Newest Review: ... the traditional teait has brought a new life to tea consumption. it is re atively sheap and easy to get in a number of food store.... more
Member Name: josollsam
Date: 25/05/02, updated on 21/12/04 (728 review reads)
Advantages: Smell delicious
Disadvantages: Slightly expensive
Parts of this op have now been re-written as I am getting Usefuls only. I personally find overly long ops a bit boring but that appears to be what is wanted so...
I have always been a 'normal' tea drinker, preferring round, drawstring type tea bags. I have been known to occasionally have a cup of coffee and to also down a cup of hot chocolate once in a while.
I have always admired from afar people who drink fruit and herbal teas; they do smell wonderful! However, on having a sip they seem so tasteless and of no consequence.
A BRIEF HISTORY OF TWININGS
Twinings teas have been around since 1706, set up by a man named Thomas Twinings. He learned about tea products from an East Indian Company and opened up a tea house in London. During this time, coffee houses were very popular and competition was rife. Thomas Twinings knowledge of teas, and the fact that he marketed his product well, set his house apart and his teas became sought after by many.
It was only the upper classes that could afford tea, though, in those days, as taxes, import costs and production was expensive. The cost of 100gms of tea in 1706 was about £150.
Another obstacle that Thomas originally had to face was that in those days women were not to be seen in coffee houses. They were considered masculine places and only women of ‘ill-repute’ were found frequenting them.
However, tea became popular with ladies of high class, in particular Twinings teas, as Thomas’s reputation for importing only the finest became well known. Ladies would serve tea, bought dry as opposed to wet – ready infused in the coffee house, at their own homes.
To cut a very long history short, Twinings thrived as a family business, with Queen Victoria giving it the royal stamp of approval in 1837.
There is still a member of the Twinings family within the business although Twinings in now owned by Associated British Foods.
There is a huge product range placed within 6 main categories:
Speciality teas: the classics i.e. Lapsang Souchong, Earl Grey, English Breakfast, Darjeeling etc. There are around 15 of these.
Decaffeinated: just English Breakfast and Traditional English are within this category.
Green teas: Jasmine green tea and Gunpowder green to name a couple.
Iced teas: most come with a hint of lemon or lime and are ready made, I believe.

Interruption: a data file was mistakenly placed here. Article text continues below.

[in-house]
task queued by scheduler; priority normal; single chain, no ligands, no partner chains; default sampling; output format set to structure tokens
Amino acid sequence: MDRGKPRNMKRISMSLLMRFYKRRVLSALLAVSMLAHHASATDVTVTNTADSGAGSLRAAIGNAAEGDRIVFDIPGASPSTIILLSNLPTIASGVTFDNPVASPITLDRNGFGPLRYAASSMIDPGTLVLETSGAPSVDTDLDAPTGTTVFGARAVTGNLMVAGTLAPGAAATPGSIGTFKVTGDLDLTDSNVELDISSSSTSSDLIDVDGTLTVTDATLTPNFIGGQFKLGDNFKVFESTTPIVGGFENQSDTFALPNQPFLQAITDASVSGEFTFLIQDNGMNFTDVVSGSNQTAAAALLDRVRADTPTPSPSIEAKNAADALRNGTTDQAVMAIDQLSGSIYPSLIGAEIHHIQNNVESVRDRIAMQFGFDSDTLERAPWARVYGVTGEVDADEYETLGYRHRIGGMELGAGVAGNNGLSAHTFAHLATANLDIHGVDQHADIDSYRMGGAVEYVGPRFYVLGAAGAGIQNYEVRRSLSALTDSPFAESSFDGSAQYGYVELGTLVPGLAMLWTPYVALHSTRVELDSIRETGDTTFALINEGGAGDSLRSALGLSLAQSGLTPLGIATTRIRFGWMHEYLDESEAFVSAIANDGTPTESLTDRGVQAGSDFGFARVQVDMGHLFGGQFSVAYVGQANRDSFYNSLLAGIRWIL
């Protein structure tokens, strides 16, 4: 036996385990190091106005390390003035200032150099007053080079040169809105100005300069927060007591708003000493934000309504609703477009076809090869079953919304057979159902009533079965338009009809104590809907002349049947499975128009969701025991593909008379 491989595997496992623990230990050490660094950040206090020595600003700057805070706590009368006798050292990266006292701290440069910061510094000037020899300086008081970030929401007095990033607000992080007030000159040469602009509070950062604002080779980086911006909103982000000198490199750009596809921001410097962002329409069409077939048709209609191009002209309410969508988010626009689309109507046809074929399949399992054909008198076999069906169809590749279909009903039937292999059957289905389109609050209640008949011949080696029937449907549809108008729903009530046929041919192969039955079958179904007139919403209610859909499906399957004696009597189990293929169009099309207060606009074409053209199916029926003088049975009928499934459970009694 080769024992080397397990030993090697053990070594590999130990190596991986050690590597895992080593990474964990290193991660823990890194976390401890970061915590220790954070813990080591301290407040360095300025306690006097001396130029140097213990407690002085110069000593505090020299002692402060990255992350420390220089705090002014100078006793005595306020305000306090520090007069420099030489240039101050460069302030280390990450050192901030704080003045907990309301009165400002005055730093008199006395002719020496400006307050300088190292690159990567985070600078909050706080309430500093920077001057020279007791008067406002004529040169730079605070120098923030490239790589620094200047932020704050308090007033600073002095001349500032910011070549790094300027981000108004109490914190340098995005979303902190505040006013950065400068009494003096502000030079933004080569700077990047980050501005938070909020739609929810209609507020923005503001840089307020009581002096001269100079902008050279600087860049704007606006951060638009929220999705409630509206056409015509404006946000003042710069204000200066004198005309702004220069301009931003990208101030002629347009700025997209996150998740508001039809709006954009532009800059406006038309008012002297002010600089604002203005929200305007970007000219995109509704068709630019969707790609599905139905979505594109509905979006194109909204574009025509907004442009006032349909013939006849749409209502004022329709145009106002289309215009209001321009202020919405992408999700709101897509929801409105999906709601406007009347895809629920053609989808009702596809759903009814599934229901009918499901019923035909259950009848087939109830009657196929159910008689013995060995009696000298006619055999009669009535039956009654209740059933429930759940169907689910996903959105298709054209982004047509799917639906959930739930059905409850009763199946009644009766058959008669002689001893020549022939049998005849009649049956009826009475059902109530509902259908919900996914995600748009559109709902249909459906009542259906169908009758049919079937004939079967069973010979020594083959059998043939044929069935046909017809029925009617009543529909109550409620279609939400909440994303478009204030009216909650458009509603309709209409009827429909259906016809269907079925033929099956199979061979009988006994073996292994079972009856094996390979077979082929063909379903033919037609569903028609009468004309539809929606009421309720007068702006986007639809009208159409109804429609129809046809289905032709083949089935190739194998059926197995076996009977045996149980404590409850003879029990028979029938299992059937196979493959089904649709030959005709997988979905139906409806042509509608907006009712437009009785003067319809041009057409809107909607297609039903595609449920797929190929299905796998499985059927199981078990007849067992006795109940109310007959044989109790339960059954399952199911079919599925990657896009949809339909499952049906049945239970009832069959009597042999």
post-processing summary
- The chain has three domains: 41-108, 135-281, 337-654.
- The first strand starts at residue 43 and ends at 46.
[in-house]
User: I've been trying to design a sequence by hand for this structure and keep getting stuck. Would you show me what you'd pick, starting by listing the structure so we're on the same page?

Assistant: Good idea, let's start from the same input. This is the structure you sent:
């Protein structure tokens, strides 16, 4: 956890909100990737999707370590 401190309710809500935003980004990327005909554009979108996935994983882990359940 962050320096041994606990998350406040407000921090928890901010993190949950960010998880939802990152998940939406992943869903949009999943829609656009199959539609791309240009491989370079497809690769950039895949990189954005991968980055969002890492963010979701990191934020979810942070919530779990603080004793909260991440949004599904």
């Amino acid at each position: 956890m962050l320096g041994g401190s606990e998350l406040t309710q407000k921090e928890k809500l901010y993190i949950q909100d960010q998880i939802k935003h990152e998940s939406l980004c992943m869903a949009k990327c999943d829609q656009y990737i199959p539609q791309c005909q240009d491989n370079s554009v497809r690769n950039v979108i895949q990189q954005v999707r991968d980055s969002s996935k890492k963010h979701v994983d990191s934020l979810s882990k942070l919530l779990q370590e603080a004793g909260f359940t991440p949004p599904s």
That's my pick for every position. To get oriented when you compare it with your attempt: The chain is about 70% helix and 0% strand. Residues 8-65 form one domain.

Organic: a few of their classics and some fruit teas, produced in an organic fashion and have been certified as being organic by The Soil Association of Britain or equivalents in other countries
Herbal and Fruit infusions: There are plenty of varieties, from simple Peppermints to different blend mixes such as Cranberry, Raspberry and Elderberry through to the exotic and unusual teas as Mandarin and Lychee.
TEA AND ME
I have no idea what made me pick up a packet of Twinings Exotic Selection of fruit infusions around 5 months ago as I don't like exotic fruits to eat. My partner loves Mango, I won't eat it. He adores Guava juice and I can't stand it. Lychee doesn't do it for me at all. I am an Apple and Oranges kinda girl...But! These teas just do it completely!…So what made me choose such an unusual item? Was it the bright orange packet? Was it an act of God who felt that my tea drinking needed some new guidance?
I don't know, but I am glad that whatever it was made me!
Exotic selections come in a pack of 20, 5 teabags of 4 different flavours. Each one individually placed in a little packet of its own.
Pear and Guava; Mandarin and Lychee; Pink Grapefruit, Mandarin and Lime; Orange, Mango and Cinnamon. My favourite being this last one, but all nice in their own ways.
The best way to drink them is if I leave the teabag in the mug during the drinking time, let the tea brew for a fairly long time or at least stir vig
orously, and include one teaspoon of sugar, mmm, perfect.
Since I have been drinking these fruit teas a) I don't feel I am being evil to my body if I drink more than 4 cups (the guilt of regular tea created enough stress for me to have to have another cup of tea just to relax!) and b) makes me feel slightly superior to those who continue to drink regular tea. What, no will power? If only they knew!
So, there you have it. If you love tea but feel that you are not doing your body any favours by drinking it, try exotic selection from Twinings. You will like them, alot! and at 85P for 20, they are not as expensive as they once were.
Now, although I am a total convert to their exotic fruit teas, I am not overly keen on their herbal ones, but that is simply a matter of personal taste. We each have to find out what is to our cup of tea.
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